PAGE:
(Letter 14 – 21st October 2014)

Mr O’Keefe (fireman attending as a spectator) said no one gave him any instruction. He says he saw injured people helping to carry others.

“There’s people lying all over this pitch and there’s a line of police officers right across the middle of the pitch. It was absolute chaos. It beggars belief. I was just amazed at the lack of a major response”.

“What I witnessed was something unbelievable. I just found that these fans, and I’m talking about many, many fans, that started this what I’d call a rescue”.

(Letter 15 – 7th February 2015)

Mr Nesbit (police chief superintendent) said the fans were fantastic and gave amazing help.

(Letter 15 – 7th February 2015)

Mr Curry (chief football writer for Daily Express) said

“I’d only seen one ambulance and, you know, it was the fans, largely, who were carrying the victims across the pitch on advertising hoardings, all kinds of things. There was no great evidence of ambulance personnel on the pitch”.

(Letter 15 – 7th February 2015)

Mr Tissington (police detective sergeant) said there is “no doubt” that fans did a great job in assisting the injured and dying on the day.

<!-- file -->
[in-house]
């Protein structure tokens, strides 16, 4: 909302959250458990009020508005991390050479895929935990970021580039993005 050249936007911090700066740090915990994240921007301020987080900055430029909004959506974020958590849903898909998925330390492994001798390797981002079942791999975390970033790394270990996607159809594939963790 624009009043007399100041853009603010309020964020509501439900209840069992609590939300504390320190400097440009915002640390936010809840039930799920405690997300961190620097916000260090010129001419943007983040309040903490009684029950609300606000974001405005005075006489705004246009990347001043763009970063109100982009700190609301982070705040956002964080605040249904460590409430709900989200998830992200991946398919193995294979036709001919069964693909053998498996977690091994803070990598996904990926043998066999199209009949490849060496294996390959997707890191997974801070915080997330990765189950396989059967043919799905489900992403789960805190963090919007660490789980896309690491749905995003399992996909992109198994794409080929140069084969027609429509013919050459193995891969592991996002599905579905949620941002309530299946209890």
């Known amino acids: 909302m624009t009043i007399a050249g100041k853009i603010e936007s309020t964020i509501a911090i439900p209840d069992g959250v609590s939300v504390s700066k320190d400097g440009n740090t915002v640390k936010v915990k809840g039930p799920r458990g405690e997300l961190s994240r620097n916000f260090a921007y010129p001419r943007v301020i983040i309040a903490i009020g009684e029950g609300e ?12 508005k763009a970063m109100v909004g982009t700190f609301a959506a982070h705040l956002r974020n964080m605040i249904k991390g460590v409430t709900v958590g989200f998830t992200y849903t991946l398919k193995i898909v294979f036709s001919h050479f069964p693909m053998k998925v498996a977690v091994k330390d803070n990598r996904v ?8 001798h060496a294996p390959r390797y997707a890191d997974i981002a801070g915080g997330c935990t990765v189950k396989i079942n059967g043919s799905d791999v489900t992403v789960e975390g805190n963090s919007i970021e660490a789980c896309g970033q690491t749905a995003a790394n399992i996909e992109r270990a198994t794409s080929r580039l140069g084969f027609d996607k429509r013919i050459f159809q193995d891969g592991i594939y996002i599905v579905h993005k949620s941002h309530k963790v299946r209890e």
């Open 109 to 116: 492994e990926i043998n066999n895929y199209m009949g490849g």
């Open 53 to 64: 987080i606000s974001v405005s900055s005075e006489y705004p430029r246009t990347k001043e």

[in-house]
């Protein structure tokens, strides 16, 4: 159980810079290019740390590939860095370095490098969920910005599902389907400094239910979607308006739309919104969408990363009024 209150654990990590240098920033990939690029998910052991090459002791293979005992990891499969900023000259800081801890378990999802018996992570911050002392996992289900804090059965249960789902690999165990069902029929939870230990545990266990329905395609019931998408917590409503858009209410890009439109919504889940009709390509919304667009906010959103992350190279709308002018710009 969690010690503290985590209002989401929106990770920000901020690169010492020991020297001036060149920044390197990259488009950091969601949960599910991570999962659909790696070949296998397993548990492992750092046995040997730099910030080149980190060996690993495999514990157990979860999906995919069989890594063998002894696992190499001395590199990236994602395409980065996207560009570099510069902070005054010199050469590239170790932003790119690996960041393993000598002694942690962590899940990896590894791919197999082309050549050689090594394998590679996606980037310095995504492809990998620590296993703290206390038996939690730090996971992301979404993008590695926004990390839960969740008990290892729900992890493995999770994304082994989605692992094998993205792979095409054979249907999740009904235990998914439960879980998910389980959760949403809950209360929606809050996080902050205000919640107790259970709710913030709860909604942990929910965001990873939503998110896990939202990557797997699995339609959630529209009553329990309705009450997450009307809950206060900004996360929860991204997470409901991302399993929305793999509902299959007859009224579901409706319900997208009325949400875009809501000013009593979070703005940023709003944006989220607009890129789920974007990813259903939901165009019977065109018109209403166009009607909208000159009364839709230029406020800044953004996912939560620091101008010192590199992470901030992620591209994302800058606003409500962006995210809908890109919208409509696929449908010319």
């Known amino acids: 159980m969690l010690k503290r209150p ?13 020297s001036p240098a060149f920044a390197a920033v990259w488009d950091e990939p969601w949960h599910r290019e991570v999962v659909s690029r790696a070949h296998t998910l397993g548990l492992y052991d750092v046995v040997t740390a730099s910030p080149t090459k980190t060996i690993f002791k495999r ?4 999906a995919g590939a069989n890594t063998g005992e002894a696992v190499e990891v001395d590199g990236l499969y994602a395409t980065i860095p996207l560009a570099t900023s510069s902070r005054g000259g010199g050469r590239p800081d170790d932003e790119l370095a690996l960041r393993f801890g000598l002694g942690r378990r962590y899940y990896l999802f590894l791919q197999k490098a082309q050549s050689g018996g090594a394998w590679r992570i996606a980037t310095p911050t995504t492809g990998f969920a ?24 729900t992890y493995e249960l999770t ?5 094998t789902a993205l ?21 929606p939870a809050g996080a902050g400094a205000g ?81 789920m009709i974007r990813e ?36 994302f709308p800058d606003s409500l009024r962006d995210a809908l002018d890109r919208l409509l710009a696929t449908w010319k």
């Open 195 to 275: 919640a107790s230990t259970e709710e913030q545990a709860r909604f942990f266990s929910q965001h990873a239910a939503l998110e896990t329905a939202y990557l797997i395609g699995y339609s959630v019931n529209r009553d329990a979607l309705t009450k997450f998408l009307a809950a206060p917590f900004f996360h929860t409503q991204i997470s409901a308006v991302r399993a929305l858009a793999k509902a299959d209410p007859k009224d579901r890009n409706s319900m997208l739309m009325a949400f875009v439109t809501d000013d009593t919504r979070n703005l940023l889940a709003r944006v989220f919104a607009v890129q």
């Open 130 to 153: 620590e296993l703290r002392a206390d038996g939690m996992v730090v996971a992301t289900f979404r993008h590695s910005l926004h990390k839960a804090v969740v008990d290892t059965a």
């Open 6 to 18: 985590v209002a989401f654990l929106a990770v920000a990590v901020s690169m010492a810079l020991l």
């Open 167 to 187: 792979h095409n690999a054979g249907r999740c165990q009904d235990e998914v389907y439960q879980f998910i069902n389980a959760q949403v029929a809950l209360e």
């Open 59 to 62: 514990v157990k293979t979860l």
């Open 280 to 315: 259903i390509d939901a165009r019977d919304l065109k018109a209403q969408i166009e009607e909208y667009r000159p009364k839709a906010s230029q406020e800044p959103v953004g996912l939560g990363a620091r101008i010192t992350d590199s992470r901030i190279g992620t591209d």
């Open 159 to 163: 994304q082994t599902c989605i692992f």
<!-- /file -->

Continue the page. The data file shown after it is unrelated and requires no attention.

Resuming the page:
(Letter 15 – 7th February 2015)

Mr Early (ambulance service) confirms he saw fans giving CPR to other fans.

(Letter 15 – 7th February 2015)

Mr Wells (St Johns ambulance) confirmed that the conduct of the fans who assisted with the rescue was fantastic.

(Letter 15 – 7th February 2015)

Mr Phillips (doctor attending as a spectator):

“I saw brave young fans trying to save lives. I saw brave lads organise themselves to make makeshift stretchers to carry the dead. I saw some police desperately trying to save lives, I also saw some police standing idly, not knowing what was happening or making any effort to find out”.

(Letter 15 – 7th February 2015)

Mr Lister (ambulance service) said 264 people were saved by treatment on the day: “The Liverpool fans were magnificent. They helped us all they could to save their mates”.

(Letter 15 – 7th February 2015)

Mr Washington (police officer) agreed that the behaviour of the Liverpool fans he encountered was magnificent, and that amidst all of this carnage on the pitch there were lots of heroes on the pitch

(Letter 15 – 7th February 2015)